Britain has warned some Hong Kong critics in the UK about travelling abroad, according to high-profile human rights advocate Bill Browder, highlighting concerns about the cross-border reach of the Chinese region’s national security law.
Browder, a well-known lobbyist for the use of sanctions against foreign governments involved in human rights abuses, said he was contacted by the UK Foreign Office earlier this month after he was named in a Hong Kong court during a foreign collusion case.
“[The] British government contacted me and other activists who were advocating for Magnitsky sanctions against Hong Kong officials to avoid travelling to countries with Hong Kong extradition treaties, to avoid getting ensnared in China’s new national security law,” Browder said on Twitter.
According to a report by Bloomberg, the Foreign Office contacted Browder by email, and then on a subsequent video call an official read a list of countries that can extradite individuals to Hong Kong.
Browder, a US-born naturalised British citizen, did not detail which other individuals had been contacted. The Foreign Office told Bloomberg it could not comment on private meetings.
Browder is a well-known critic of state-backed human rights abuses. In 2005 he was expelled from Russia after having run one of the country’s most successful investment funds, until it was hijacked by corrupt officials.
The subsequent arrest and murder in prison of a tax lawyer who worked for Browder, Sergei Magnitsky, prompted Browder to lobby the US to introduce sanctions legislation which came to be known as the Magnitsky Act. The act allows for the targeting of individual foreign nationals with sanctions, and similar laws have since been passed in numerous other countries.
Browder has been outspoken on the Hong Kong crackdown, and called for foreign governments to use Magnitsky-style sanctions against government officials.
The national security law, introduced in June last year, broadly outlaws a host of acts and activities as foreign collusion, secession, subversion and terrorism. It has been used to arrest more than 140 people so far, including pro-democracy figures, student activists, media executives, journalists and human rights activists.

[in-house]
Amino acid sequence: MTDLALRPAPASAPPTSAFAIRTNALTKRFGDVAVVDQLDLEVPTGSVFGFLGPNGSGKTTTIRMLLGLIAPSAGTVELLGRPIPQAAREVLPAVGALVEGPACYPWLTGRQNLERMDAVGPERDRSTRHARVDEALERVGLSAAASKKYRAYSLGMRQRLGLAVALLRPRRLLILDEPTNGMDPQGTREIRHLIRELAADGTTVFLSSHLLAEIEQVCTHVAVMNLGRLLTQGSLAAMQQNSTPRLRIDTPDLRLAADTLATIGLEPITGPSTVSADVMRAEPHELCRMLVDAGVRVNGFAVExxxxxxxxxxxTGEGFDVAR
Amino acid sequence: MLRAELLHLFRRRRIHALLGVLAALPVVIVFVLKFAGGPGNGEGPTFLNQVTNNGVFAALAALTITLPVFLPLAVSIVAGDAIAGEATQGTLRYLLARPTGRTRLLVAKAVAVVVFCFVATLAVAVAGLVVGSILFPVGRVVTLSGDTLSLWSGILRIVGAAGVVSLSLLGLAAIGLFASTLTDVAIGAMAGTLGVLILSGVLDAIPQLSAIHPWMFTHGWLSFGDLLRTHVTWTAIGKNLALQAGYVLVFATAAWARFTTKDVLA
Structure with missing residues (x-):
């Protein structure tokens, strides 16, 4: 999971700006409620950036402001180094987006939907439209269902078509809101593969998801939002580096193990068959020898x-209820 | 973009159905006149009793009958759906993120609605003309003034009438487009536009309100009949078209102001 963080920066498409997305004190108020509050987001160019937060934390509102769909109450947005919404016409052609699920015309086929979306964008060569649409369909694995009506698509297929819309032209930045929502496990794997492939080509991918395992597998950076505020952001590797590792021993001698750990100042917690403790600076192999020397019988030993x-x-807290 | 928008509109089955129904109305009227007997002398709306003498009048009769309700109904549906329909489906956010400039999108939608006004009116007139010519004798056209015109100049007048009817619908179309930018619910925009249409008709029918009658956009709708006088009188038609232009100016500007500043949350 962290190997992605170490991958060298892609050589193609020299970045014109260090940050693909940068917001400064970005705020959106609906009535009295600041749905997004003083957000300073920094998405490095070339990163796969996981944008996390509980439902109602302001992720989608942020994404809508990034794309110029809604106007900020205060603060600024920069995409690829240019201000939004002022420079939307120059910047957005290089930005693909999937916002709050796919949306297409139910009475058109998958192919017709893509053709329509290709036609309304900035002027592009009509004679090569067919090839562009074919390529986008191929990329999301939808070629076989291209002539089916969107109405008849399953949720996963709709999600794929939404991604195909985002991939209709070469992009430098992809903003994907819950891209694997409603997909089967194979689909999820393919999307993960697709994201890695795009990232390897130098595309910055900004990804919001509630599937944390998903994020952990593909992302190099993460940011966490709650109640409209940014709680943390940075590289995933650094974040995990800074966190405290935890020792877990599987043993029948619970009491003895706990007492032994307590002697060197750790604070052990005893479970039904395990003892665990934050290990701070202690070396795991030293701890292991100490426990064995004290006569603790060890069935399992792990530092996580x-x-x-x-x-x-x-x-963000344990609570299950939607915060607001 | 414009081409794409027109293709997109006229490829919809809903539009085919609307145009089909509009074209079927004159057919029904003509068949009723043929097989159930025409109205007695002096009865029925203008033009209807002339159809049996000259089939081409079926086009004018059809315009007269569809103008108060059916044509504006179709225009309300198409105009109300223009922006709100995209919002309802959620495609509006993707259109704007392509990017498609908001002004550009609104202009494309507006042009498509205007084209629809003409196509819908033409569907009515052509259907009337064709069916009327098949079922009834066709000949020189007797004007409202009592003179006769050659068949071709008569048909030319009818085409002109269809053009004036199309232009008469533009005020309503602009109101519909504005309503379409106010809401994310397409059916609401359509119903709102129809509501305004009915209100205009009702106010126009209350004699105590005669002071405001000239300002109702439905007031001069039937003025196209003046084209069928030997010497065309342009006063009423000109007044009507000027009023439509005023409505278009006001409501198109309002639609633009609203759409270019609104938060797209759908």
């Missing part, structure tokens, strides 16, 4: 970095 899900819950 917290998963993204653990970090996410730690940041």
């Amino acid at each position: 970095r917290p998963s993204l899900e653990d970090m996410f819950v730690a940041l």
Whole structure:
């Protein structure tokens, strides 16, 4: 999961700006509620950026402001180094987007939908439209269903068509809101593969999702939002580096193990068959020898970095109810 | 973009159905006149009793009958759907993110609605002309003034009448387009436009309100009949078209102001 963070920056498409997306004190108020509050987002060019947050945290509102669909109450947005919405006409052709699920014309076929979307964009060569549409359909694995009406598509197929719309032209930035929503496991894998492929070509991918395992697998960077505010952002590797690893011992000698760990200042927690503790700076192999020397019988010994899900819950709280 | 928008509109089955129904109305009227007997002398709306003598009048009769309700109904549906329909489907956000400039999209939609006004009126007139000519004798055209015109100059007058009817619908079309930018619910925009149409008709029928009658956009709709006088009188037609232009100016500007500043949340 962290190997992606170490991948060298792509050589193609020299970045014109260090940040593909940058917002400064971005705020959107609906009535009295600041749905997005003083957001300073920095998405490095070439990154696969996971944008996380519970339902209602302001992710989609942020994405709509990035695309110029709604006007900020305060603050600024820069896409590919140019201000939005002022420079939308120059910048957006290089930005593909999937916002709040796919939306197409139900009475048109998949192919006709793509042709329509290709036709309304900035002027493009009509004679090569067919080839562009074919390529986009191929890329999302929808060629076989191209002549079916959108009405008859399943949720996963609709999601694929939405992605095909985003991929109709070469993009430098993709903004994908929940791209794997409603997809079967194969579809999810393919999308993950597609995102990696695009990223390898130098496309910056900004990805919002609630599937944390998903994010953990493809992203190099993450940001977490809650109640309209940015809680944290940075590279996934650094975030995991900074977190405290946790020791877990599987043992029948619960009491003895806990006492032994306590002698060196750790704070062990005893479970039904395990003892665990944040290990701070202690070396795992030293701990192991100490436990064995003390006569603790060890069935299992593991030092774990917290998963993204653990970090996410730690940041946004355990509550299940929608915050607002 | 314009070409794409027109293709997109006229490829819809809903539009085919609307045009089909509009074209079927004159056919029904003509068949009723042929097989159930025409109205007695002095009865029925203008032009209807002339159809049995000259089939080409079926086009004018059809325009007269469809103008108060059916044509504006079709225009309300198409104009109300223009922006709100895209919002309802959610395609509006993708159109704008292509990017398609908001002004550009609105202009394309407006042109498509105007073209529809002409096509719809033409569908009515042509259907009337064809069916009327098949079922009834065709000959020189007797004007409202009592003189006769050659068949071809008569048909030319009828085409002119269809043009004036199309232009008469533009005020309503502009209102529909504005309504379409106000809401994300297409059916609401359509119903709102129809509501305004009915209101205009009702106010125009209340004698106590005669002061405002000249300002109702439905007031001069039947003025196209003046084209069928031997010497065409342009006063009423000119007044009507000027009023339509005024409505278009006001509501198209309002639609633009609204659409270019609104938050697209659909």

Charges have been laid against about half the cohort, and some individuals who have since fled overseas are subject to warrants under the law. The law, which was designed and implemented by Beijing, claims international jurisdiction, prompting concerns that it could be used to target people suspected of breaching it even if they are overseas.
Hong Kong government figures list 19 extradition agreements with other nations including India, Indonesia, Malaysia, Singapore, South Africa and Portugal. In response to the law, several countries including the UK, Australia, Germany, France and the US, tore up their Hong Kong agreements.
Chinese authorities record at least 59 extradition agreements, including with countries across Asia and Europe, although not all are ratified. Several countries including France and Australia have indicated they will not ratify their agreements.
Various government travel warnings urge caution when travelling to Hong Kong because of the new law. The UK’s official advice warns of “a risk for those who commit an offence under the law of being detained and removed to mainland China”.
“The legislation states that [national security] offences apply to activities conducted both inside and outside Hong Kong, which in practice could include activities conducted in the UK. China’s mainland authorities could under certain circumstances detain and try individuals who commit an offence, or are accused of committing an offence, under the terms of this law.”